The ‘hybrid’ policy deploys three mechanisms for selecting students – one part of the class will be chosen just on marks; a second portion will be selected on performance and ability while taking account of school and home background; and a third group of students will be chosen based on race and academic performance in order to achieve demographic targets.
Vice-chancellor Max Price said the policy took a step away from affirmative action based purely on race, 20 years into democracy and in line with constitutional goals of non-racism, and would still enable the university to increase the number of both black and disadvantaged students.
Two decades into democracy, a swelling black middle-class and growing numbers of black students graduating from excellent schools meant that many black students should be selected purely on performance while many others were still profoundly disadvantaged and needed selection based on potential.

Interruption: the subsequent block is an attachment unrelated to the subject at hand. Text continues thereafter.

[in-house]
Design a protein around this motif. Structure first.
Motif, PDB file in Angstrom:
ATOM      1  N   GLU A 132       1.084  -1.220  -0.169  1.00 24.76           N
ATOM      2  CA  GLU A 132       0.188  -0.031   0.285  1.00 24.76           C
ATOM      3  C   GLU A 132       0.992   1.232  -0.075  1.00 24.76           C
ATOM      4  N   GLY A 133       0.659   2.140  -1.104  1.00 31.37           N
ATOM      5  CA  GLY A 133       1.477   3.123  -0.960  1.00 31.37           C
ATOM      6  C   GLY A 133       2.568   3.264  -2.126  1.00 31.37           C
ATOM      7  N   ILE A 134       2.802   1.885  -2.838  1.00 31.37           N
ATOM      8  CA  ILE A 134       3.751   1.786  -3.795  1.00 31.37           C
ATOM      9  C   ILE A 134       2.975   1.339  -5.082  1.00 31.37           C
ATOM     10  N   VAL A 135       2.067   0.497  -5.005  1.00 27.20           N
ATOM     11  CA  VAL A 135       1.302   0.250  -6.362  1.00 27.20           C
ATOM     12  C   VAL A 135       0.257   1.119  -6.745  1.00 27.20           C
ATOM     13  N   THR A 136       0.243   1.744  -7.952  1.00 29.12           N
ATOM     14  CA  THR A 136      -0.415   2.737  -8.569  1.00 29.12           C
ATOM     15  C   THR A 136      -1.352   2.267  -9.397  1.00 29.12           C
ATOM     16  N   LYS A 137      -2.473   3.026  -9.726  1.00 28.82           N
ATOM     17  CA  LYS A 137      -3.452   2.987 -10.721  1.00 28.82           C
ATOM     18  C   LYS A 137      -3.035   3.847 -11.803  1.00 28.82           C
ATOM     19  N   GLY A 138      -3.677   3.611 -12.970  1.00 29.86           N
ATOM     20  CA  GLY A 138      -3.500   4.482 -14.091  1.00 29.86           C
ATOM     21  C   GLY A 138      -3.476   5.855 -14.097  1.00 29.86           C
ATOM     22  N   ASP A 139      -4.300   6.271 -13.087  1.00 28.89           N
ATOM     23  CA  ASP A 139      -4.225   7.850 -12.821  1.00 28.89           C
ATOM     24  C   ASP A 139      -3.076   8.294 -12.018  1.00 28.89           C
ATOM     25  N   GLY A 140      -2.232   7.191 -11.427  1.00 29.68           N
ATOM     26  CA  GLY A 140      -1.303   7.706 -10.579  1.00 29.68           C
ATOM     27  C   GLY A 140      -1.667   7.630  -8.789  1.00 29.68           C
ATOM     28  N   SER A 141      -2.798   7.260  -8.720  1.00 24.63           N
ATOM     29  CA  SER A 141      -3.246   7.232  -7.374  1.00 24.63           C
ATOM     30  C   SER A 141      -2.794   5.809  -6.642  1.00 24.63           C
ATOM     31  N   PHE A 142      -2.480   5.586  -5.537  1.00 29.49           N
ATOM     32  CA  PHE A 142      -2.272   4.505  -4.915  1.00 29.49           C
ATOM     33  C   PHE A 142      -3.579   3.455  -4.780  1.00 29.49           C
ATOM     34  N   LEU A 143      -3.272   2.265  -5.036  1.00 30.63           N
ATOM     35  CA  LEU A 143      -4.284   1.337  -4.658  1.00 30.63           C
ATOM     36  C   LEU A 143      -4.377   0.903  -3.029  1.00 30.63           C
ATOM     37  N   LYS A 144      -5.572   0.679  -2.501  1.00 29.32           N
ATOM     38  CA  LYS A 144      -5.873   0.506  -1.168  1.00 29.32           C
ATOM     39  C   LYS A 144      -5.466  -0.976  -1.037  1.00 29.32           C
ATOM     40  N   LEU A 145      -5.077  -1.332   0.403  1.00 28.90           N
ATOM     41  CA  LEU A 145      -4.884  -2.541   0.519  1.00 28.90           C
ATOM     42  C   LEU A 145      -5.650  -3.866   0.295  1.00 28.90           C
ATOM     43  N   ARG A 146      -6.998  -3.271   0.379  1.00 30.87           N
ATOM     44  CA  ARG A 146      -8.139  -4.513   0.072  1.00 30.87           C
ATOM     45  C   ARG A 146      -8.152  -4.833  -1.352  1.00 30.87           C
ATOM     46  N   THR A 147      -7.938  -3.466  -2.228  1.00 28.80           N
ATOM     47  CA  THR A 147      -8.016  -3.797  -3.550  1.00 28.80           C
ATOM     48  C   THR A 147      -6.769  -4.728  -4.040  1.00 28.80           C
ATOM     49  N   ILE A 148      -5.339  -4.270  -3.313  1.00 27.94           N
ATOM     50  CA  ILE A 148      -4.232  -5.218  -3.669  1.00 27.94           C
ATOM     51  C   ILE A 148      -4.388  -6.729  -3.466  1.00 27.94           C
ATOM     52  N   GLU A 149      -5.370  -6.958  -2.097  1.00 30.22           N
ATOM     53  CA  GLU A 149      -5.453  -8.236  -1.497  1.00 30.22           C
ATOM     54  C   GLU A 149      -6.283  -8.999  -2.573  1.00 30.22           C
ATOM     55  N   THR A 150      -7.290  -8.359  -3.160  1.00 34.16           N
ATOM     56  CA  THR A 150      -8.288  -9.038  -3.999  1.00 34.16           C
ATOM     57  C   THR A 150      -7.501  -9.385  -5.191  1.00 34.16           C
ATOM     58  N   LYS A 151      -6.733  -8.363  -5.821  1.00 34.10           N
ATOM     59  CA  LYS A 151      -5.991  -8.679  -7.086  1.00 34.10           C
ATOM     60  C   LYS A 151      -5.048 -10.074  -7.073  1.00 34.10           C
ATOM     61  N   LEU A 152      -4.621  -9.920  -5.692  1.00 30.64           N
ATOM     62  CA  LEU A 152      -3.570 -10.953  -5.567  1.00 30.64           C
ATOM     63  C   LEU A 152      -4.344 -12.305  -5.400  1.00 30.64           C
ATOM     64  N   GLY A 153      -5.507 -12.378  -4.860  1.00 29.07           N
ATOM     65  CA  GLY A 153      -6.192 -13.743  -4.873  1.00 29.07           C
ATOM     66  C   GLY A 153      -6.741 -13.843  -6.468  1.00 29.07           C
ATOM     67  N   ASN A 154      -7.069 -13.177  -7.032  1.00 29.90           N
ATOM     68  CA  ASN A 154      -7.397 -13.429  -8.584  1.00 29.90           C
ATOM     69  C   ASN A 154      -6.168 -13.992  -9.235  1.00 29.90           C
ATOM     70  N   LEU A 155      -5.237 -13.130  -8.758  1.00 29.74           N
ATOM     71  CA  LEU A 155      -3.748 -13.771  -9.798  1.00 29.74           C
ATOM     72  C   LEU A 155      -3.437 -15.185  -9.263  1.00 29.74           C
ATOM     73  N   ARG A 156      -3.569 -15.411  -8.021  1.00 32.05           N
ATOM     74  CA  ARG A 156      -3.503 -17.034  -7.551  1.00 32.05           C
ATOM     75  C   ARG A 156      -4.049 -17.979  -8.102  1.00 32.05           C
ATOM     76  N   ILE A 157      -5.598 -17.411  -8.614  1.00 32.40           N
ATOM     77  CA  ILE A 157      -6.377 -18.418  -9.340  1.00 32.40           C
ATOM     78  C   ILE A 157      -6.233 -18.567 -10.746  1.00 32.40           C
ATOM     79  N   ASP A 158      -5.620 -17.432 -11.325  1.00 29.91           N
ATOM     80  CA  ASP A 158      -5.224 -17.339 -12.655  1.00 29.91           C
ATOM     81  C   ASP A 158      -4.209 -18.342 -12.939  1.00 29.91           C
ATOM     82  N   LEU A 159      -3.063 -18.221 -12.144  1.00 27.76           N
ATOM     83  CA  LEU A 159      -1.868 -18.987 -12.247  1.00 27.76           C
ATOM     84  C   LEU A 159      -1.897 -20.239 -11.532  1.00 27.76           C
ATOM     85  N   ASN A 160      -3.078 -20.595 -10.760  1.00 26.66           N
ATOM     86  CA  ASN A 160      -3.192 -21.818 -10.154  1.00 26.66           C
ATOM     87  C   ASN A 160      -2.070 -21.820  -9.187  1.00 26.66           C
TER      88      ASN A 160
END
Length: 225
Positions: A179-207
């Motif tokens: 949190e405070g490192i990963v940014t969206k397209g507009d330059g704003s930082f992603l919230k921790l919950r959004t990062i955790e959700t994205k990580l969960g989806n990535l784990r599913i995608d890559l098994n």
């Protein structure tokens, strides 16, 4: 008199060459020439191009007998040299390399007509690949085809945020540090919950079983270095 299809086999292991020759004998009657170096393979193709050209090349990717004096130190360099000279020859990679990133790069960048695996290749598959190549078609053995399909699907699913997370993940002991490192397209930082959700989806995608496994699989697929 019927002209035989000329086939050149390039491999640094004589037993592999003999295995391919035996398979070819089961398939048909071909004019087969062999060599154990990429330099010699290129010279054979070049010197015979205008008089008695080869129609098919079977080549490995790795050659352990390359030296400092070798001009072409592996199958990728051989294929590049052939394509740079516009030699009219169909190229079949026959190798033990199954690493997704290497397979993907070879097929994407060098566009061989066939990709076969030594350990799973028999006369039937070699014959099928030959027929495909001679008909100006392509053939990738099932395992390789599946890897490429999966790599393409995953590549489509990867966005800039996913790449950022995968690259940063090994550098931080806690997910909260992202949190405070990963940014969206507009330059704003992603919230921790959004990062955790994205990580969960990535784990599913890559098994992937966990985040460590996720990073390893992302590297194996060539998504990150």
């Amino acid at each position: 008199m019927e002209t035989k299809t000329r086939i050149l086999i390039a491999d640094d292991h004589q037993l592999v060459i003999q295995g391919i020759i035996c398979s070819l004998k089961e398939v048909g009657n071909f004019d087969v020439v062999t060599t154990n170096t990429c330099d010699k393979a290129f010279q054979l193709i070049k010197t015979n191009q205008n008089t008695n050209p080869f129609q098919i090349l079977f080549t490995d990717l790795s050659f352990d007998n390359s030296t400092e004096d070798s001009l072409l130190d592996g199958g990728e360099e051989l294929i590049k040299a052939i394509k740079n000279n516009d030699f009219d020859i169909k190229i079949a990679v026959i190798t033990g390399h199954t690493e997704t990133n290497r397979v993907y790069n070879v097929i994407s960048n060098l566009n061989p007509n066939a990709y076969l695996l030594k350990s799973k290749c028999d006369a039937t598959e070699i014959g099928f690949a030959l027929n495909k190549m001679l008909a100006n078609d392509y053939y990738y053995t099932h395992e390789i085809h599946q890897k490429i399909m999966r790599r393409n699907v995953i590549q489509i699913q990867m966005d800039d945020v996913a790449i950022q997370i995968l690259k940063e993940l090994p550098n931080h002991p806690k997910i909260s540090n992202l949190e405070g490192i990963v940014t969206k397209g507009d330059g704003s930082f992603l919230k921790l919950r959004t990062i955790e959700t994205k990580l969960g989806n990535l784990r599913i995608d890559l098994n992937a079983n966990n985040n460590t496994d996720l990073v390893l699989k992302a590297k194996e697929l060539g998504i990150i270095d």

But some black intellectuals vehemently disagreed, including Xolela Mangcu, an associate professor of sociology at the University of Cape Town and an Oppenheimer Fellow at the Hutchins Center for African and African-American Research at Harvard University.
He wrote in the national Sunday Times newspaper, in an article behind a paywall, that “whiteness continues to be ingrained as a standard of academic potential in South African universities” and that Cape Town’s new admission policy should be seen in the context of a history of English speaking universities unable to deal with race.
“On the face of it, you would think that this move away from ‘race’ is a step in the right direction – until you come face to face with the numbers. They are a shocking representation of racial inequality.”
Mangcu went on to reveal that last year the number of black South African academic staff at Cape Town was 48 out of 1,405 – or 3% – and that the number had grown by only two black people since 2009.
“And listen to this: there is not a single black South African woman who is a full professor at UCT. Not one, in 2013! That statistic is unacceptable in an inclusive democratic society.” Of 174 South Africans who are full professors at the university, 148 – 85% – are white.